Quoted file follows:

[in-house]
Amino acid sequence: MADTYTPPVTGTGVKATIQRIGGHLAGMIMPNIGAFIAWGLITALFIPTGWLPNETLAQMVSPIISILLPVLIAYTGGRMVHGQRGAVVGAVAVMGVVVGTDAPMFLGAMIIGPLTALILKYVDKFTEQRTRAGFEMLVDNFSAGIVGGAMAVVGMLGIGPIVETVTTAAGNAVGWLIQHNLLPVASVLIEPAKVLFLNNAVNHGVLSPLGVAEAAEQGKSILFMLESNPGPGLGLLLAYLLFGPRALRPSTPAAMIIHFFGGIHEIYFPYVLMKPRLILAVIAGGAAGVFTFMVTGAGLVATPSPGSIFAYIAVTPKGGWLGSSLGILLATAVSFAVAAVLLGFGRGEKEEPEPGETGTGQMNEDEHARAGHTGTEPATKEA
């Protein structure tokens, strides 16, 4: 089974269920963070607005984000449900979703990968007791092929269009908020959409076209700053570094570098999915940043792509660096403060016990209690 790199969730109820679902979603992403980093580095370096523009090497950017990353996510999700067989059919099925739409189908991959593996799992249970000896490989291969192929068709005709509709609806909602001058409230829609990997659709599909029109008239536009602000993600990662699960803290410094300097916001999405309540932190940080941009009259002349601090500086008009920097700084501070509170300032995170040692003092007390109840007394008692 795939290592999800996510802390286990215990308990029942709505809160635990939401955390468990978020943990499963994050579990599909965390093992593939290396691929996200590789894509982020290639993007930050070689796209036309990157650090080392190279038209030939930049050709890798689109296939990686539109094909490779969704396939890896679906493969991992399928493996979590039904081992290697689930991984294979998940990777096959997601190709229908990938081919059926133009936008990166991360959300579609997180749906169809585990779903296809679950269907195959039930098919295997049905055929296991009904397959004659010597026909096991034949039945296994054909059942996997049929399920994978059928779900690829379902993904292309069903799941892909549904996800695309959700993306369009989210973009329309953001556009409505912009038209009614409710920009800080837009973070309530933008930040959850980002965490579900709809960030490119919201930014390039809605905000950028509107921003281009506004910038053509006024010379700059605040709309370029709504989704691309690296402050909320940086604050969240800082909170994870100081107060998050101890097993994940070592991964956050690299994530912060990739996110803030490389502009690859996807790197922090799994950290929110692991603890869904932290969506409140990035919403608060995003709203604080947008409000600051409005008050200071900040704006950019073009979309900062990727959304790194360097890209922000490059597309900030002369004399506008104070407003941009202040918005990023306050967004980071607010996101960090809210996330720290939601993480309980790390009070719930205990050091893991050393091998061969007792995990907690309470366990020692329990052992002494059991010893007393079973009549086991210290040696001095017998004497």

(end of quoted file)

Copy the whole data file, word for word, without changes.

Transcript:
[in-house]
Amino acid sequence: MADTYTPPVTGTGVKATIQRIGGHLAGMIMPNIGAFIAWGLITALFIPTGWLPNETLAQMVSPIISILLPVLIAYTGGRMVHGQRGAVVGAVAVMGVVVGTDAPMFLGAMIIGPLTALILKYVDKFTEQRTRAGFEMLVDNFSAGIVGGAMAVVGMLGIGPIVETVTTAAGNAVGWLIQHNLLPVASVLIEPAKVLFLNNAVNHGVLSPLGVAEAAEQGKSILFMLESNPGPGLGLLLAYLLFGPRALRPSTPAAMIIHFFGGIHEIYFPYVLMKPRLILAVIAGGAAGVFTFMVTGAGLVATPSPGSIFAYIAVTPKGGWLGSSLGILLATAVSFAVAAVLLGFGRGEKEEPEPGETGTGQMNEDEHARAGHTGTEPATKEA
């Protein structure tokens, strides 16, 4: 089974269920963070607005984000449900979703990968007791092929269009908020959409076209700053570094570098999915940043792509660096403060016990209690 790199969730109820679902979603992403980093580095370096523009090497950017990353996510999700067989059919099925739409189908991959593996799992249970000896490989291969192929068709005709509709609806909602001058409230829609990997659709599909029109008239536009602000993600990662699960803290410094300097916001999405309540932190940080941009009259002349601090500086008009920097700084501070509170300032995170040692003092007390109840007394008692 795939290592999800996510802390286990215990308990029942709505809160635990939401955390468990978020943990499963994050579990599909965390093992593939290396691929996200590789894509982020290639993007930050070689796209036309990157650090080392190279038209030939930049050709890798689109296939990686539109094909490779969704396939890896679906493969991992399928493996979590039904081992290697689930991984294979998940990777096959997601190709229908990938081919059926133009936008990166991360959300579609997180749906169809585990779903296809679950269907195959039930098919295997049905055929296991009904397959004659010597026909096991034949039945296994054909059942996997049929399920994978059928779900690829379902993904292309069903799941892909549904996800695309959700993306369009989210973009329309953001556009409505912009038209009614409710920009800080837009973070309530933008930040959850980002965490579900709809960030490119919201930014390039809605905000950028509107921003281009506004910038053509006024010379700059605040709309370029709504989704691309690296402050909320940086604050969240800082909170994870100081107060998050101890097993994940070592991964956050690299994530912060990739996110803030490389502009690859996807790197922090799994950290929110692991603890869904932290969506409140990035919403608060995003709203604080947008409000600051409005008050200071900040704006950019073009979309900062990727959304790194360097890209922000490059597309900030002369004399506008104070407003941009202040918005990023306050967004980071607010996101960090809210996330720290939601993480309980790390009070719930205990050091893991050393091998061969007792995990907690309470366990020692329990052992002494059991010893007393079973009549086991210290040696001095017998004497």